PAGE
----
Like his dance-floor anthem Forget You, Cee Lo Green's album is an uplifting, inventive salute to old-school soul that showcases his fantastic vocal talents.
Cee Lo Green: The Lady Killer
Cee Lo Green
The Lady Killer
Cee Lo's life-affirming hit 'Forget You' has become a candidate for the song of the year for several reasons. As well as offering one of the most jubilant vocal performances in recent memory and a welcome nod to the glory days of Motown, the expletive-laden original version of the track fundamentally changed what it meant to have a hit single when it was released online.
Receiving minimal airplay, the song notched up more than 17 million hits on YouTube, becoming both a viral sensation and the unofficial soundtrack to the summer before a single copy had even been sold.
But with such a huge track preceding the third solo record from Green (best known for lending his super-charged vocals to Gnarls Barkley and Goodie Mob), there was always a danger the rest of the album would seem rather mild in comparison.
Although 'Forget You' remains The Lady Killer's finest moment, the record certainly isn't short on tunes. It acts like a kind of potted history of R&B and this is never more evident than on 'Bright Lights Bigger City' - a track that sounds like Usher singing over the bassline from Billy Jean and the string arrangement from the Bond theme, 'You Only Live Twice' (previously lifted by Robbie Williams on Millennium).
With a raft of producing talent - including Salaam Remi, Jack Splash, Fraser T Smith and the brilliantly named Smeezingtons - Green makes every style he attempts utterly his own. But while The Lady Killer is undoubtedly the artist's classiest-sounding record, it's possibly the least imaginative.
The oddball brilliance that shone through Gnarls Barkley's 'Crazy', for example - a song about mental illness, rather than mere infatuation - seems to be pared-down here. But then, that's not such a surprise - the singer has claimed he intends The Lady Killer to be the album that finally earns him the super-stardom he truly deserves. While Green may not be modest, he could well be correct.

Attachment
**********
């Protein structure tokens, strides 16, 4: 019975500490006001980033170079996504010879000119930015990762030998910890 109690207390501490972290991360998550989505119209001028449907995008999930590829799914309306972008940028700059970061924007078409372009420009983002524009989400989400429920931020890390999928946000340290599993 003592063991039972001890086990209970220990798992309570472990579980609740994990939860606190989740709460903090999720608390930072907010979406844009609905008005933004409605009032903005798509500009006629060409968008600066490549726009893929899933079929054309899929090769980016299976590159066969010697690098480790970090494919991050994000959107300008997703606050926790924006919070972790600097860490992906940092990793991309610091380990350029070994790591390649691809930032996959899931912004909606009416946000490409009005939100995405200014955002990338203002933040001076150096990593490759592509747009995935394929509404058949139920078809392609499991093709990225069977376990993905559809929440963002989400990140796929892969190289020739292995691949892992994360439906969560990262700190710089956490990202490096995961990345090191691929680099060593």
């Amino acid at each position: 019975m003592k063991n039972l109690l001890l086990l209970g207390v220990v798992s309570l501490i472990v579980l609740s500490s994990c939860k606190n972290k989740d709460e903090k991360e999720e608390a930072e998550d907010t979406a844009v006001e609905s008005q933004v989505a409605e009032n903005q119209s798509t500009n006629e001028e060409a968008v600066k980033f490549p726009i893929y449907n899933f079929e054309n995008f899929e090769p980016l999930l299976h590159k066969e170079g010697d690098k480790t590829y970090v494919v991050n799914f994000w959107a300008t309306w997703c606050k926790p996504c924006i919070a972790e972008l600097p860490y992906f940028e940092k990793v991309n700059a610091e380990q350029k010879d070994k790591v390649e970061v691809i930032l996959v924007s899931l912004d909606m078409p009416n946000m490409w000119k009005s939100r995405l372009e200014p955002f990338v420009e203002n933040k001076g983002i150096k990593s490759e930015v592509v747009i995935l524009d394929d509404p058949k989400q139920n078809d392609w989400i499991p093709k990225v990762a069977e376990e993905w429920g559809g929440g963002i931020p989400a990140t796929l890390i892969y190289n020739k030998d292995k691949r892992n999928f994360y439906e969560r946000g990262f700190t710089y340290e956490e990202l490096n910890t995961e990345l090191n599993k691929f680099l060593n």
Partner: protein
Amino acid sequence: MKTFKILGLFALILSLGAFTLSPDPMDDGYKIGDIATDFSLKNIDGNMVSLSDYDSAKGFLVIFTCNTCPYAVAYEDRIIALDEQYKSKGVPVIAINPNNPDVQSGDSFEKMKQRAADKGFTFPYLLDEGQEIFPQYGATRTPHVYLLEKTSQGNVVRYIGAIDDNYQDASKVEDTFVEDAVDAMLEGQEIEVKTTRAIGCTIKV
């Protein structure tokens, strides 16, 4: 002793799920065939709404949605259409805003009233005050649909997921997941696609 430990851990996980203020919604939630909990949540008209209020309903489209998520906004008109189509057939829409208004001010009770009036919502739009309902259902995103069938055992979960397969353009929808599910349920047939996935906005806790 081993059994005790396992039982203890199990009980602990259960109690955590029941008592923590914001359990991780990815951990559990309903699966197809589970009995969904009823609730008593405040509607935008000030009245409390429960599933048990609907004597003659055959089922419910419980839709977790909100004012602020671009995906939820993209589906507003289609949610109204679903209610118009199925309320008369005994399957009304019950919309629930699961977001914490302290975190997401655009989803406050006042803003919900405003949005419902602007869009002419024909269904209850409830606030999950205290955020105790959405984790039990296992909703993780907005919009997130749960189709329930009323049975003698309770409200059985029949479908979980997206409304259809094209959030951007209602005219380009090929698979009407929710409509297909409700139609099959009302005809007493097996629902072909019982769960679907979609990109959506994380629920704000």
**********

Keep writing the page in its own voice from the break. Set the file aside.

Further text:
Perhaps the record's greatest statement of intent is 'Satisfied', a tune so colourful and catchy it's somehow difficult to believe it hasn't been written before. It sees Green showing off his entire vocal range, at times sounding like Prince at his most accessible over a flurry of horns and a luscious string arrangement.
Towards the record's end, 'It's OK' and 'Old Fashioned' maintain the retro vibe of 'Forget You', the latter featuring a vintage piano riff and coming across like a loving tribute to Al Green (no relation).
If The Lady Killer is the sound of an artist relinquishing his underdog status and embracing the mainstream, discussions about "selling out" should never be tolerated again. But despite being an album of upbeat major-key numbers, Green still finds time to explore his darker side. On Bodies - a song about finding a murdered woman in his bed - Cee Lo suggests the album's title might have some basis in truth. The saying "all killer, no filler" has never been more appropriate.